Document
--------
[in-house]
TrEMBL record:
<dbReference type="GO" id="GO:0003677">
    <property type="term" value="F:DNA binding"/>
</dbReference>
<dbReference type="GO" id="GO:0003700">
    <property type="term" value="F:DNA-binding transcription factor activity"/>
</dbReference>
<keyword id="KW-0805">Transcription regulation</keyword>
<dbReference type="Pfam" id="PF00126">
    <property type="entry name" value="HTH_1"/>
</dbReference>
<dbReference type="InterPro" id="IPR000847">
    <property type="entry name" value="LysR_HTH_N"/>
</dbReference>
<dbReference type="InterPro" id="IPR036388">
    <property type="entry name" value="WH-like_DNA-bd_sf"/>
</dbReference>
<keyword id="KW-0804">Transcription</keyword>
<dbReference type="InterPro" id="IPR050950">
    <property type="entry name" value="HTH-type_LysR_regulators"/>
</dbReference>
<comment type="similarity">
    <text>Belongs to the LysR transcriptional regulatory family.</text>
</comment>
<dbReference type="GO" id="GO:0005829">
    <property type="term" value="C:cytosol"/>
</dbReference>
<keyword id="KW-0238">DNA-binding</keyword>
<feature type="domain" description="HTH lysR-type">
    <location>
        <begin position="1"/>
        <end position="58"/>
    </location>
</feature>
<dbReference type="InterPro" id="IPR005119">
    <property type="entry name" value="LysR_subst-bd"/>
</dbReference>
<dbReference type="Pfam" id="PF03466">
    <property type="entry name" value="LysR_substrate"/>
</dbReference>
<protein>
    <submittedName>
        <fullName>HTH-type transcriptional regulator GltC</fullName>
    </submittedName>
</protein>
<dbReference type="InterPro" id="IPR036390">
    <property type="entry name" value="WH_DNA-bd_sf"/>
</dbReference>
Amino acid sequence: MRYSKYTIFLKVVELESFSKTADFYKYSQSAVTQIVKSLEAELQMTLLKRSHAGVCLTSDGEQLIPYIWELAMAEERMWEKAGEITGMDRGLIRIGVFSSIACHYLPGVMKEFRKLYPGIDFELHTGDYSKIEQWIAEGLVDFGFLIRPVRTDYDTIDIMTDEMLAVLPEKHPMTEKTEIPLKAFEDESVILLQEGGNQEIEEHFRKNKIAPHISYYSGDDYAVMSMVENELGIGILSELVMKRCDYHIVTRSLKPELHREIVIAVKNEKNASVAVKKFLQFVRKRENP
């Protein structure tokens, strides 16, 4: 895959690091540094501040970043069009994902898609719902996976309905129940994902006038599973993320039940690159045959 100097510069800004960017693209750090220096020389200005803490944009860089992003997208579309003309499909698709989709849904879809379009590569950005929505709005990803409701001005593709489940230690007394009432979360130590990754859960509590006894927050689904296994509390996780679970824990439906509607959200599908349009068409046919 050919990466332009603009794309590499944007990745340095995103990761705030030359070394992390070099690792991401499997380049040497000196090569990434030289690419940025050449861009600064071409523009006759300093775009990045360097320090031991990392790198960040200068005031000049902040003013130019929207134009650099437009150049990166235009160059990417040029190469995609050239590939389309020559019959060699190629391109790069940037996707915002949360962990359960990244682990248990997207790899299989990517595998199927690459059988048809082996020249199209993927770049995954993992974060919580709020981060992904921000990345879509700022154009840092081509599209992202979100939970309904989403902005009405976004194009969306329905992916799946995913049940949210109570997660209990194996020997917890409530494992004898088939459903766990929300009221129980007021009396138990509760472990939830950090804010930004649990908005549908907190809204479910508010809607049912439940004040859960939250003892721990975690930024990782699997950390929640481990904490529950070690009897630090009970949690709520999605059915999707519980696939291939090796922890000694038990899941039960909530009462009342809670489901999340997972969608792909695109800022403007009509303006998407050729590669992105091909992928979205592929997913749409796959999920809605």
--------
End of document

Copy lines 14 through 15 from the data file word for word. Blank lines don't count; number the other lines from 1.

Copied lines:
    <property type="entry name" value="LysR_HTH_N"/>
</dbReference>